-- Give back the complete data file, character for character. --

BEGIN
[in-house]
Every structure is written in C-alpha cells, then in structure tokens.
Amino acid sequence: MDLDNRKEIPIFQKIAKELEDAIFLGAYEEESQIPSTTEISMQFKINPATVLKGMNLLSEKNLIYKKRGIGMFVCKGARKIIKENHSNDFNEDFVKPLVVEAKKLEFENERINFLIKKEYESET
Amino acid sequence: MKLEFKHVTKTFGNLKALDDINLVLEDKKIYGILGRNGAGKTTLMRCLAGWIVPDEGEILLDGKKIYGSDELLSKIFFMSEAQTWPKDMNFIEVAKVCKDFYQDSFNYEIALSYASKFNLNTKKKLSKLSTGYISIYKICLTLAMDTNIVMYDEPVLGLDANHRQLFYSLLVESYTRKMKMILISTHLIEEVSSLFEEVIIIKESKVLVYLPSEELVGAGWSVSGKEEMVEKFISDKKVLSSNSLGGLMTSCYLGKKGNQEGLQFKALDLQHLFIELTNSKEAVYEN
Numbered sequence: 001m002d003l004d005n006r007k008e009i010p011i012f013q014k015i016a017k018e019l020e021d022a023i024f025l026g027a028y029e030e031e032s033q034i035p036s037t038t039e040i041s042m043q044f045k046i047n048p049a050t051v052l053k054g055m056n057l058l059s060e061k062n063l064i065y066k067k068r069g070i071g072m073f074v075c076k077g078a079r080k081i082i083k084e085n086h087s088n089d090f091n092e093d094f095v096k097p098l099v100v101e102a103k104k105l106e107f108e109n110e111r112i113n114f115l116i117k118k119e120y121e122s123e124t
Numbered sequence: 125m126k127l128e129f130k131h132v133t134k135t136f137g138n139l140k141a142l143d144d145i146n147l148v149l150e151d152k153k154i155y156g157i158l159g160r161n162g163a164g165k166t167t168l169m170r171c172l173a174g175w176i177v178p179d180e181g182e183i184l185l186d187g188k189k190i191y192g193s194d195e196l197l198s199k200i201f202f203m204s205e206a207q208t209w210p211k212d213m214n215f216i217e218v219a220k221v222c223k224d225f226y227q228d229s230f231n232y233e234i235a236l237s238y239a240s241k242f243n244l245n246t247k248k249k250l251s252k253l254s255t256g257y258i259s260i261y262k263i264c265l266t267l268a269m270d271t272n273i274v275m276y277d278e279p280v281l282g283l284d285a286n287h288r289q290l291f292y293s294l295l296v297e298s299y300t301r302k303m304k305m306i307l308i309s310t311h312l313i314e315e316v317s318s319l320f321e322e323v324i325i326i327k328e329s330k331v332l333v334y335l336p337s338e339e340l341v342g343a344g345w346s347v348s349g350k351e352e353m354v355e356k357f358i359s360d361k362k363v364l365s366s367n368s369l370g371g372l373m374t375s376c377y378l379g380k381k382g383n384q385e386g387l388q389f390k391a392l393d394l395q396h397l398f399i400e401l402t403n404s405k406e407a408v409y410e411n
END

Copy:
[in-house]
Every structure is written in C-alpha cells, then in structure tokens.
Amino acid sequence: MDLDNRKEIPIFQKIAKELEDAIFLGAYEEESQIPSTTEISMQFKINPATVLKGMNLLSEKNLIYKKRGIGMFVCKGARKIIKENHSNDFNEDFVKPLVVEAKKLEFENERINFLIKKEYESET
Amino acid sequence: MKLEFKHVTKTFGNLKALDDINLVLEDKKIYGILGRNGAGKTTLMRCLAGWIVPDEGEILLDGKKIYGSDELLSKIFFMSEAQTWPKDMNFIEVAKVCKDFYQDSFNYEIALSYASKFNLNTKKKLSKLSTGYISIYKICLTLAMDTNIVMYDEPVLGLDANHRQLFYSLLVESYTRKMKMILISTHLIEEVSSLFEEVIIIKESKVLVYLPSEELVGAGWSVSGKEEMVEKFISDKKVLSSNSLGGLMTSCYLGKKGNQEGLQFKALDLQHLFIELTNSKEAVYEN
Numbered sequence: 001m002d003l004d005n006r007k008e009i010p011i012f013q014k015i016a017k018e019l020e021d022a023i024f025l026g027a028y029e030e031e032s033q034i035p036s037t038t039e040i041s042m043q044f045k046i047n048p049a050t051v052l053k054g055m056n057l058l059s060e061k062n063l064i065y066k067k068r069g070i071g072m073f074v075c076k077g078a079r080k081i082i083k084e085n086h087s088n089d090f091n092e093d094f095v096k097p098l099v100v101e102a103k104k105l106e107f108e109n110e111r112i113n114f115l116i117k118k119e120y121e122s123e124t
Numbered sequence: 125m126k127l128e129f130k131h132v133t134k135t136f137g138n139l140k141a142l143d144d145i146n147l148v149l150e151d152k153k154i155y156g157i158l159g160r161n162g163a164g165k166t167t168l169m170r171c172l173a174g175w176i177v178p179d180e181g182e183i184l185l186d187g188k189k190i191y192g193s194d195e196l197l198s199k200i201f202f203m204s205e206a207q208t209w210p211k212d213m214n215f216i217e218v219a220k221v222c223k224d225f226y227q228d229s230f231n232y233e234i235a236l237s238y239a240s241k242f243n244l245n246t247k248k249k250l251s252k253l254s255t256g257y258i259s260i261y262k263i264c265l266t267l268a269m270d271t272n273i274v275m276y277d278e279p280v281l282g283l284d285a286n287h288r289q290l291f292y293s294l295l296v297e298s299y300t301r302k303m304k305m306i307l308i309s310t311h312l313i314e315e316v317s318s319l320f321e322e323v324i325i326i327k328e329s330k331v332l333v334y335l336p337s338e339e340l341v342g343a344g345w346s347v348s349g350k351e352e353m354v355e356k357f358i359s360d361k362k363v364l365s366s367n368s369l370g371g372l373m374t375s376c377y378l379g380k381k382g383n384q385e386g387l388q389f390k391a392l393d394l395q396h397l398f399i400e401l402t403n404s405k406e407a408v409y410e411n